As countries sign on to the Paris Agreement on climate change and strive to become more sustainable, many are considering the environmental impact of their currency as well as its durability and security.
Money has been made from a variety of materials over the years—from leather in China during the Han Dynasty, to shells, precious metals, cotton paper, and most recently, plastic. The materials reflect the social and political climate of the time as well as available technologies and resources.
For centuries, people in China used precious metal coins strung together through a center hole to conduct transactions. But with larger commercial transactions in the 7th century, there was a move to the easier-to-transport paper currency. In the 13th century Marco Polo reported back to Europe from his travels on the use of paper rather than coins, and Europe’s earliest modern paper banknotes were issued by the Bank of Stockholm in 1661.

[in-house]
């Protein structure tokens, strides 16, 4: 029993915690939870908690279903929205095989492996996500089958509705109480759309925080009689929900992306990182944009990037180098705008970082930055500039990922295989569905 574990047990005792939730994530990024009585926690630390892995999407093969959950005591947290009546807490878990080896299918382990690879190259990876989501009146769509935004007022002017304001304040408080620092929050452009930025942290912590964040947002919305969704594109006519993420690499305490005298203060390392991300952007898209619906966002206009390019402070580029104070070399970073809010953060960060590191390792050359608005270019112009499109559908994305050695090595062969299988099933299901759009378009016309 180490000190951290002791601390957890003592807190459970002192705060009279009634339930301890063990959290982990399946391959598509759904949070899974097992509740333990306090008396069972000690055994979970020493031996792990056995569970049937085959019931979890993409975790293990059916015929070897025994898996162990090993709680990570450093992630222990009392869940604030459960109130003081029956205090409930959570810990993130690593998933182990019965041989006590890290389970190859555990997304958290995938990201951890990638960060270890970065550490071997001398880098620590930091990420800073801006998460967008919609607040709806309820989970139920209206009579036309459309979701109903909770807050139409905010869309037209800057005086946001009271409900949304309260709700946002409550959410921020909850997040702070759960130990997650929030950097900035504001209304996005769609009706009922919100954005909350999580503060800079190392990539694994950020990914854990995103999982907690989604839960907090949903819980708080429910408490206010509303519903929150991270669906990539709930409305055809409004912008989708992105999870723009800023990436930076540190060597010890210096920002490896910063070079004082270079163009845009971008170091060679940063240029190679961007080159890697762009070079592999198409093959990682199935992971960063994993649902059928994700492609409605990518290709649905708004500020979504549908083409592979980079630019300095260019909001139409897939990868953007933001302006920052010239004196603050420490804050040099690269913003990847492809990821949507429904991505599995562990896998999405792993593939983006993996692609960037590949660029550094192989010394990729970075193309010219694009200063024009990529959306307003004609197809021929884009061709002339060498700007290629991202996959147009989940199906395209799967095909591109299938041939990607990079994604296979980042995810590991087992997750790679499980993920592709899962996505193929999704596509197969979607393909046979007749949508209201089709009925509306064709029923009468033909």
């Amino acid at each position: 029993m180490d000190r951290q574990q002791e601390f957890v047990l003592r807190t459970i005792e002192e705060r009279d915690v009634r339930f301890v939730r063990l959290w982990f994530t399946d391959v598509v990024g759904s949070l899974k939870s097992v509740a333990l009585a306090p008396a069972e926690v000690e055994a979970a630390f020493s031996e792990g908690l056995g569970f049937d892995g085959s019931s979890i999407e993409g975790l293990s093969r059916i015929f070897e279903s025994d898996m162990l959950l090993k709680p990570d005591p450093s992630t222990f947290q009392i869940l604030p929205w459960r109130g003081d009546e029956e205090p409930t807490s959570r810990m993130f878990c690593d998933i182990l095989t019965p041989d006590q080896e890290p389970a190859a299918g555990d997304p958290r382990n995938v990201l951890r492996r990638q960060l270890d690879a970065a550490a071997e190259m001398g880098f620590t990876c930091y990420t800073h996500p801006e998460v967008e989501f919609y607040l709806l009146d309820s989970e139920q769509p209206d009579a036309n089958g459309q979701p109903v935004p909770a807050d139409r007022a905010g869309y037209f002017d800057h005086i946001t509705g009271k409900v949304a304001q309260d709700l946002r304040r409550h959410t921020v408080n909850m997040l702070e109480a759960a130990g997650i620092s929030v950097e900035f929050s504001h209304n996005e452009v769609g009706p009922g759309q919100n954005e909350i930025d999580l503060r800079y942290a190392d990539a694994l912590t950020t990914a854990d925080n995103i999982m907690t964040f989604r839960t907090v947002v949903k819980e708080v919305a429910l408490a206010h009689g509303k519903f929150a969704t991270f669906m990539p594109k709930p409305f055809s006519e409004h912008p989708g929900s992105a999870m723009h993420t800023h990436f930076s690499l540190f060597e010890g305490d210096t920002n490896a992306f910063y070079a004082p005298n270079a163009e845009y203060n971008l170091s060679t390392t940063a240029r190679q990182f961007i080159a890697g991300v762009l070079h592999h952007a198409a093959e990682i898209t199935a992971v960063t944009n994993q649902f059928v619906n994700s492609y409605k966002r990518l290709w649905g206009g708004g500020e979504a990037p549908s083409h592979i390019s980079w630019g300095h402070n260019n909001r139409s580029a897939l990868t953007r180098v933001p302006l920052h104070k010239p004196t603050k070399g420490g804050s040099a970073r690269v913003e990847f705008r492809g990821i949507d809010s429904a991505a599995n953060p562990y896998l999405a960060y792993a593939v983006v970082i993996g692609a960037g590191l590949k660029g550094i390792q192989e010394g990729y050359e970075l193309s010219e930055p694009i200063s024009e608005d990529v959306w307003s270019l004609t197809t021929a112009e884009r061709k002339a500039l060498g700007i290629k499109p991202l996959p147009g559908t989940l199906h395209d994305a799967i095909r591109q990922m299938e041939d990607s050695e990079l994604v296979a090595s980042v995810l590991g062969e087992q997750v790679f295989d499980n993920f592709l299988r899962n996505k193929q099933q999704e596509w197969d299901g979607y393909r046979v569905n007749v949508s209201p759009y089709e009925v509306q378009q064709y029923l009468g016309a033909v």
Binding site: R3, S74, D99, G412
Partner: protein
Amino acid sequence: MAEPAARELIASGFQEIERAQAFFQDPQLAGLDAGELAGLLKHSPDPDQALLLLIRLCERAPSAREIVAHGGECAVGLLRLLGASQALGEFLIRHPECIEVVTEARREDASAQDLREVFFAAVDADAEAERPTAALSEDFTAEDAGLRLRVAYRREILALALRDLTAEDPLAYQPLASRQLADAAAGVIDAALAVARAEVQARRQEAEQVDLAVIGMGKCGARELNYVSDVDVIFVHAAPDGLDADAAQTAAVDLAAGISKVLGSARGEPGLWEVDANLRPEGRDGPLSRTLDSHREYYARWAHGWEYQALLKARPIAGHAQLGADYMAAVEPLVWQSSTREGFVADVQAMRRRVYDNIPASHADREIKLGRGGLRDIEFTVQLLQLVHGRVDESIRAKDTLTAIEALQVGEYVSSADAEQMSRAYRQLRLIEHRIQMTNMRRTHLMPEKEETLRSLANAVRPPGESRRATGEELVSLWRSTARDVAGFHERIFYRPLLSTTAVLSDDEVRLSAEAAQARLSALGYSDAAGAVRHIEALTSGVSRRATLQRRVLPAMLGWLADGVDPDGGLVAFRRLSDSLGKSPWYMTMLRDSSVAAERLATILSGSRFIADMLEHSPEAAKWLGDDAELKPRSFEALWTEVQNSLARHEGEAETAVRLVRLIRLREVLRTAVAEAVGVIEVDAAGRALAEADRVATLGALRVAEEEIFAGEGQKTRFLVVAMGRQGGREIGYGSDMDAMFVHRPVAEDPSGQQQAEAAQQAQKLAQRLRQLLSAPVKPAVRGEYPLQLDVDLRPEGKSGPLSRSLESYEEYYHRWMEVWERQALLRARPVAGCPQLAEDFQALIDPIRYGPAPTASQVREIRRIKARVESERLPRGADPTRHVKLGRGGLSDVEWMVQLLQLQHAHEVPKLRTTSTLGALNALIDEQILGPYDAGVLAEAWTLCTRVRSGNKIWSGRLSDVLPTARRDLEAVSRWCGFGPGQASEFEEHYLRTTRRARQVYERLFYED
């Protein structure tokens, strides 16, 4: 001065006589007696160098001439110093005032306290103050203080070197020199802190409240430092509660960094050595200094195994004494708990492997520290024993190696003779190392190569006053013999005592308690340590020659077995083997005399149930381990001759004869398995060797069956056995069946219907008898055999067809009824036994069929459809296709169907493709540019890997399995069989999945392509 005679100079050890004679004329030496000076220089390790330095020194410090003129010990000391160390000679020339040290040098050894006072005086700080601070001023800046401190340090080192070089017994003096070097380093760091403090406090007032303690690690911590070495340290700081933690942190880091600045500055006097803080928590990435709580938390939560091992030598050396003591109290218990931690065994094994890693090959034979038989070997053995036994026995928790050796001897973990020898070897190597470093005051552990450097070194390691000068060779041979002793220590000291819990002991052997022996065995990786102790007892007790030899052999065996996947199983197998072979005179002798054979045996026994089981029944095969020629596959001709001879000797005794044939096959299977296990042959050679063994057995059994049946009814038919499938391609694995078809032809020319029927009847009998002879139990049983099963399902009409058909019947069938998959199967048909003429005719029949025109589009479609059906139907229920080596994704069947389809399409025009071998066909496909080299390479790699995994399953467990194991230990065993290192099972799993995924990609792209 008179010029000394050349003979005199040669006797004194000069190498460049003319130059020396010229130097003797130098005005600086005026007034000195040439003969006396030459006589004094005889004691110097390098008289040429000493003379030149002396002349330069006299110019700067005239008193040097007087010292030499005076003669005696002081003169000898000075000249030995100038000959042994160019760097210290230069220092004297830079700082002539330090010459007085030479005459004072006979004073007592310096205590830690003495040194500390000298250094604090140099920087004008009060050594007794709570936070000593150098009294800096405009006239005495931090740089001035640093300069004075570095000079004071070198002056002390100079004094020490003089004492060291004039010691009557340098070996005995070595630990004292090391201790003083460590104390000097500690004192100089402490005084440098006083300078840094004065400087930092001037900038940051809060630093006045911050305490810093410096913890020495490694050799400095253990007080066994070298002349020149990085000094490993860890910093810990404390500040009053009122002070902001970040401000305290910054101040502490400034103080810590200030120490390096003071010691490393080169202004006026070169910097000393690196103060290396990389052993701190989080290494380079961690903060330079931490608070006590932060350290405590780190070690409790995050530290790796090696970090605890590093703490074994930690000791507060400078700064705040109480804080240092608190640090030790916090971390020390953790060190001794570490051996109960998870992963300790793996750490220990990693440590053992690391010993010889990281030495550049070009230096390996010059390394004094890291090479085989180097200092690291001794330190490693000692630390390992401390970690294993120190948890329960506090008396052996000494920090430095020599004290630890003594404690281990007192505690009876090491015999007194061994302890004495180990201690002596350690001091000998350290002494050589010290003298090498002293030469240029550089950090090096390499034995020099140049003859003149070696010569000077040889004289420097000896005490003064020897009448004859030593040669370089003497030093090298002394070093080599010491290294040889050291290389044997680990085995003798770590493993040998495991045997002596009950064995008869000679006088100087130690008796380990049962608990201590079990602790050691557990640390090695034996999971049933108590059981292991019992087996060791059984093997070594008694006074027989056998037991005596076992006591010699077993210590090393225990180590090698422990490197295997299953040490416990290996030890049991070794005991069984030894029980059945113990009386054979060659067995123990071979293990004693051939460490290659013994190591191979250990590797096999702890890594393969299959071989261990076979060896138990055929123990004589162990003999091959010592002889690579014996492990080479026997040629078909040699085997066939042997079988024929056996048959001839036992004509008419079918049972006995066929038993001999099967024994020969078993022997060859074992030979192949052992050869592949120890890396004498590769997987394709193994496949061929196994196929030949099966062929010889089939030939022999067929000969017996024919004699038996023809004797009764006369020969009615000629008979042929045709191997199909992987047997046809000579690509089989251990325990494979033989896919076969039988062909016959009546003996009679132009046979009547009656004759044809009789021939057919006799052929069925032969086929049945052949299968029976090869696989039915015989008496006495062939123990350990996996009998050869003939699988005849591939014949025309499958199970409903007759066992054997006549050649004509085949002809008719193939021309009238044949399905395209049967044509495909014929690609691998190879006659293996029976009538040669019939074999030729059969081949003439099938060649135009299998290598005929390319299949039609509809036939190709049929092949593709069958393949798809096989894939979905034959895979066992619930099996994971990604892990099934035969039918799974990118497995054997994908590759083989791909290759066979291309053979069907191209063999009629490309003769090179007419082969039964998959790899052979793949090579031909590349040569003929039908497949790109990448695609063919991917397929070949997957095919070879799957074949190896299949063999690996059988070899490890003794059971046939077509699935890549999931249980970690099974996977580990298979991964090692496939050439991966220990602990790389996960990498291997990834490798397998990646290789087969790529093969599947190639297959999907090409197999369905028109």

Paper quickly became the currency of choice around the world and remained so for centuries. But with recent technological developments, plastic film notes offer additional security features along with longevity and energy efficiency.